Friday, May 19, 2017

Sleep with One Eye Open at Lake Bodom: A Film Review

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Tagline: "No Happy Campers Here..."

Director: Taneli Mustonen.

Writers: Aleksi Hyvärinen and Taneli Mustonen.

Cast: Mimosa Willamo, Nelly Hirst-Gee, Mikael Gabriel and Santeri Helinheimo Mäntylä.

Before Lake Bodom, there has only been one Finnish slasher film ever made. And, outside of 2008's Dark Floors and Tero Molin's Skeleton Crew (2009), there have only been a half dozen Finnish horror films ever created. Now, Lake Bodom can be added to both of these short lists! In the film, an ancient murder is revisited, in which three campers were killed and one person survived. Hmm, this critic has an idea as to who the killer was. But, director Taneli Mustonen and writer Aleksi Hyvärinen have their own ideas as to the killer's identity. And, there are a few twists and turns, to experience, before finding out who that is. Reminiscent of another film, Awakening the Zodiac, a killer is brought back to life, dozens of years later. Lake Bodom is a beautifully shot film. And, this title is one that should be seen.

Lake Bodom's story begins with a trope, but mostly skips typical cliches. You may have heard of this plot scenario, in horror, before. Several friends head out into the woods, for a bit of fun. But, there is something or someone waiting for them, just outside of the campfire's light! Still, Mustonen avoids many of the typical tropes, by introducing a number of different character motivations. Elias (Mikael Gabriel) is out for sex, Nora (Mimosa Willam) is there out of jealousy, Atte (Santeri Helinheimo Mäntylä) is there to recreate a brutal murder and the protagonist, Ida (Nelly Hirst-Gee) is here for revenge. Characters are all fleshed out, except for one very aloof serial killer. But, this murderer might be best situated in an old folks' home, at the age of 70 plus.

The writing in Lake Bodom is strong, despite a slow first act. Mustonen and Hyvärinen keep their killer(s)' identities hidden, well. In Lake Bodom, there is a minor and major villain. Though, the protagonist also changes into an antagonist, at certain points. It would be wise if none of the characters turned their backs on any of the other characters. Otherwise, a stabbing is not far off. Still, the writers include enough misdirections to hold the film's tension, by keeping the killers mostly in shadow. This viewer wished for a bit more conflict up front. As it is, the writing will keep most viewers guessing as to the next plot turn, or character reveal.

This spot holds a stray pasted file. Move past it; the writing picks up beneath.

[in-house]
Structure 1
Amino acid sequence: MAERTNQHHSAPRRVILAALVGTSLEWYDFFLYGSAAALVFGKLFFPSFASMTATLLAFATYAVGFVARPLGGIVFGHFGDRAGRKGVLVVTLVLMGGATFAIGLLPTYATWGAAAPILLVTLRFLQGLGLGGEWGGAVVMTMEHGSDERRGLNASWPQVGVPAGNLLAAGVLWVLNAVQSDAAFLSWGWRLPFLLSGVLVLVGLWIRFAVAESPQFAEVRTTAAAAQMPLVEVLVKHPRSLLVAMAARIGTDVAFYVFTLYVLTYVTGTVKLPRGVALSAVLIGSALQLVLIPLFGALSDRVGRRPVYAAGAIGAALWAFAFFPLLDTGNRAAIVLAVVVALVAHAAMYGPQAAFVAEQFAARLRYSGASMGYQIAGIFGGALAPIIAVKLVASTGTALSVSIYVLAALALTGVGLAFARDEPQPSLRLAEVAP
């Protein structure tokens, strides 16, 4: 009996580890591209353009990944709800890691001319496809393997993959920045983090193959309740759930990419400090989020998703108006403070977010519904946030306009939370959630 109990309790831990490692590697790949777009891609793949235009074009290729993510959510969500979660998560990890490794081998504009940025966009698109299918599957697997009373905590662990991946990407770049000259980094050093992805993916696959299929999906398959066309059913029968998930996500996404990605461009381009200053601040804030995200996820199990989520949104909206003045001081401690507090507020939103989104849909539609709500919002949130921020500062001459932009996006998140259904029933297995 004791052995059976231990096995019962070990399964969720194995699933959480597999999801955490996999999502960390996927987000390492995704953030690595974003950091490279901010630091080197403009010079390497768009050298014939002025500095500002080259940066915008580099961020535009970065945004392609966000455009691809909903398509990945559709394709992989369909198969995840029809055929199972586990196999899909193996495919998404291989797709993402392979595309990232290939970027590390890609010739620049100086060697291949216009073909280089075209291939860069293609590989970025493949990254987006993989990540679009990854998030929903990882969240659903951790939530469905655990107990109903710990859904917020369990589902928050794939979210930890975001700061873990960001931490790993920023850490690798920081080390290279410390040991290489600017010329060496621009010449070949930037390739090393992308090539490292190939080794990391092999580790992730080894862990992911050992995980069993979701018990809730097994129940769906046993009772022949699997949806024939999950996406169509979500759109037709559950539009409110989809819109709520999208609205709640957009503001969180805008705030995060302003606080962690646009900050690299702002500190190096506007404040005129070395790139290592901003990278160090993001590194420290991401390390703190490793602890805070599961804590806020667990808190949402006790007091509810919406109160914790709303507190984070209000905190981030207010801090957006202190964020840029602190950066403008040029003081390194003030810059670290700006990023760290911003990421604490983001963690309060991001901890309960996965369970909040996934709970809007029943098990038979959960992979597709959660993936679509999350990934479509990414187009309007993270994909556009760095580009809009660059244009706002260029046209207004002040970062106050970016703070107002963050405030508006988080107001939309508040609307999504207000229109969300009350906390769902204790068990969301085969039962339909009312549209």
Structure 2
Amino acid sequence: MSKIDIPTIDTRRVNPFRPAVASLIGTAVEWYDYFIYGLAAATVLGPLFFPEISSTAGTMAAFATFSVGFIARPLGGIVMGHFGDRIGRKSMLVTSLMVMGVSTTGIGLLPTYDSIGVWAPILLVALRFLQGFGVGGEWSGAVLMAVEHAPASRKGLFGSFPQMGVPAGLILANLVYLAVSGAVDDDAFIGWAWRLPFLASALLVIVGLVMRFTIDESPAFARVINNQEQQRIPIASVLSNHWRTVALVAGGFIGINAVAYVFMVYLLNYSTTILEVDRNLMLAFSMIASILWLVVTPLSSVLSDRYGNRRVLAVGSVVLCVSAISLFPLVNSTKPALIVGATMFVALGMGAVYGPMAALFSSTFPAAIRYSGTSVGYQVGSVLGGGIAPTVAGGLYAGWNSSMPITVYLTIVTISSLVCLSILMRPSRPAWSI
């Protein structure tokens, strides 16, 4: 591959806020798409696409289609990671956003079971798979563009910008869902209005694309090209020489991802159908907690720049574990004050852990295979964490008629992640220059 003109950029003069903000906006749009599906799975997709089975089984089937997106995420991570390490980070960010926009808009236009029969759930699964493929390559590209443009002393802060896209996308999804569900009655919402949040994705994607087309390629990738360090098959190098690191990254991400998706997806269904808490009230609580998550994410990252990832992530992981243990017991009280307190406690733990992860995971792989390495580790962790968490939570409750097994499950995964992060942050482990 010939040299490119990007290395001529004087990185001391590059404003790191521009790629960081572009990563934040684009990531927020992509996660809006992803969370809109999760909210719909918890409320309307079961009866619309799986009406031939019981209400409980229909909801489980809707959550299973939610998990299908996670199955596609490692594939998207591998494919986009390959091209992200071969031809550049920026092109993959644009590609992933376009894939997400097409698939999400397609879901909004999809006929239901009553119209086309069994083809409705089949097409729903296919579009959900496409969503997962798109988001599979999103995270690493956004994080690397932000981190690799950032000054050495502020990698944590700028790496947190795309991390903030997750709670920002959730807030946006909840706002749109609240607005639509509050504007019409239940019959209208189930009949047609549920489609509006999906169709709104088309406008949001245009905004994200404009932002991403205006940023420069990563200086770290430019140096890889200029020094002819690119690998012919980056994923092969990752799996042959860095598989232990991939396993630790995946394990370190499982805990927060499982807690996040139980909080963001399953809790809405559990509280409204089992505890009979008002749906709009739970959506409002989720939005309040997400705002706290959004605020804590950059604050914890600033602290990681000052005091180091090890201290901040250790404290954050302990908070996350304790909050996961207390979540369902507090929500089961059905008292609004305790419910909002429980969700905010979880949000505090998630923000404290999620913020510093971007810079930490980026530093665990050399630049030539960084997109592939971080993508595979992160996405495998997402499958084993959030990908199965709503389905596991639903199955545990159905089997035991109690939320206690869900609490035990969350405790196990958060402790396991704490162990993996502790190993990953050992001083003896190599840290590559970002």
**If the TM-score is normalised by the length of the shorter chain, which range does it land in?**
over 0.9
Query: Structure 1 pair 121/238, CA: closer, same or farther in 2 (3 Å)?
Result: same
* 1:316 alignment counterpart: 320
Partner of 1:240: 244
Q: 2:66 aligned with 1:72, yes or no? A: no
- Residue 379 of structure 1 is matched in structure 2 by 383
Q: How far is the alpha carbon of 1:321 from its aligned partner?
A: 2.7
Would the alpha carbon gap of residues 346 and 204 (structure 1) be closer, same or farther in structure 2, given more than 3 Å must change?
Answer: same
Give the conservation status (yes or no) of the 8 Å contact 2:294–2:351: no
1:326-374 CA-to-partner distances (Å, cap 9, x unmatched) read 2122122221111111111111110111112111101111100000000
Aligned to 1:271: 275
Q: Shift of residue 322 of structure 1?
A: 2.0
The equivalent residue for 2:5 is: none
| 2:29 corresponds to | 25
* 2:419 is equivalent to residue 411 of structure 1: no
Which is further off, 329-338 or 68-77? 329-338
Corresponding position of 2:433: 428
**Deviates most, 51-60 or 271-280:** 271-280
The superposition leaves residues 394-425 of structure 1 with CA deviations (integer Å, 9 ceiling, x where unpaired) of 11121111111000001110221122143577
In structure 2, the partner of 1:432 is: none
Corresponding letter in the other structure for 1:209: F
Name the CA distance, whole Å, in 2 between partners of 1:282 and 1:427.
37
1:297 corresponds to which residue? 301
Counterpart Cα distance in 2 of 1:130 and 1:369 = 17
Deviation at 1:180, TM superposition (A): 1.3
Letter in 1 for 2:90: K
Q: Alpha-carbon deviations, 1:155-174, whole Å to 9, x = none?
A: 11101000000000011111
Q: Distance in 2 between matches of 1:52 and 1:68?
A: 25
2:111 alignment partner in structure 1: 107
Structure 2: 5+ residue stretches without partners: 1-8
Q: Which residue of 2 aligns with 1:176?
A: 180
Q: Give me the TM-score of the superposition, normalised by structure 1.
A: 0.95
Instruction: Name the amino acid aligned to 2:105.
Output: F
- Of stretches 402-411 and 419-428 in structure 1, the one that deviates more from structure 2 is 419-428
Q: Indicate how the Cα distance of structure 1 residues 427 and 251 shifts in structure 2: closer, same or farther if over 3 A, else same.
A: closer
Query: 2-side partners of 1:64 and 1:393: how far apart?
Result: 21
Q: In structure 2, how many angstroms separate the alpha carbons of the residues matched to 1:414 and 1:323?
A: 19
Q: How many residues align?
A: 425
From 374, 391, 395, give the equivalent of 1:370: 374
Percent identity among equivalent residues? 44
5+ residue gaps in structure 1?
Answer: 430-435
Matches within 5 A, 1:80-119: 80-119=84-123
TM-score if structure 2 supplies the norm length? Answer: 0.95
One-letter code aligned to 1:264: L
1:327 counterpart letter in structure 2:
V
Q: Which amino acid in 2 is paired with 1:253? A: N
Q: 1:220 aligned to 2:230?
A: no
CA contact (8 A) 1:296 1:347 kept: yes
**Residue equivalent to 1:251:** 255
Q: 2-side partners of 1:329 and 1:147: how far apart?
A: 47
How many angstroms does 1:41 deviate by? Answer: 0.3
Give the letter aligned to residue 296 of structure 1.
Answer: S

Lake Bodom is similar to another horror film, Awakening the Zodiac (2017). Both films deal with a killer from the '60s. Fictionally recreated, both films also try to answer a central question or two: who was the killer and what if they were still active today? The answer to the second question is a bit mundane. Both killers would be well into their 70s or 80s and likely in need of a walker. But, it always interesting to explore an ancient legend, fictionally or otherwise, in a sensationalist way. There is at least one difference between these two films, as well. One closes the book on a killer, while the other promises more murder, likely with a wheelchair. It is up to the viewer to decide which ending, open or closed, they like most.

Finally, it would be remiss not to mention Daniel Lindholm's gorgeous cinematography. Lake Bodom incorporates a number of difficult shots and scenes. A majority of the mid-portion, of the film, involves night shooting. Shooting at night is always complicated as natural light, even moonlight, is not strong enough to illuminate scenes. How does one light a night shoot? That is a good question. Though, it looks as though a spotlight or two might have been anchored high in the trees. Night shooting is difficult enough. But, Lindholm and director Mustonen take it a step further, by shooting water scenes at night, too. Some of the underwater scenes are the most haunting, while never being too dim. This critic also liked some of the natural photography, which bookended the film. Lindholm utilized the camera to include near static shots of animals or nature, to intro' and outro' the film. Panu Aaltio's score is also softer during these shots, easing the darker tone, of the upcoming or previous portions of the film. Lake Bodom is a beautiful film, thanks to the complicated shooting of Lindholm, Mustonen and others.

Lake Bodom has just released, exclusively, on Shudder. Available in Canada and the United States through subscription, this is the first Finnish horror film, for this viewer; hopefully, there will be many more. A must-see for fans of foreign horror, Lake Bodom stands out for its complex writing. While a bit slow through the opening act, the film's climax makes up for any initial lack of conflict. As well, the diverse character motivations requires that viewers stay on their toes and watch closely. You never know who has it out for who and for what reason. Lake Bodom rehashes an ancient unsolved murder case, similar to Jonathan Wright's Awakening the Zodiac, in a fictionalized way. And, the results are both horrifying and often surprising.

Overall: 7 out of 10.

A trailer for Lake Bodom on 28DLA: A Lake Bodom Trailer

More Finnish horror (Dark Floors, 2008):

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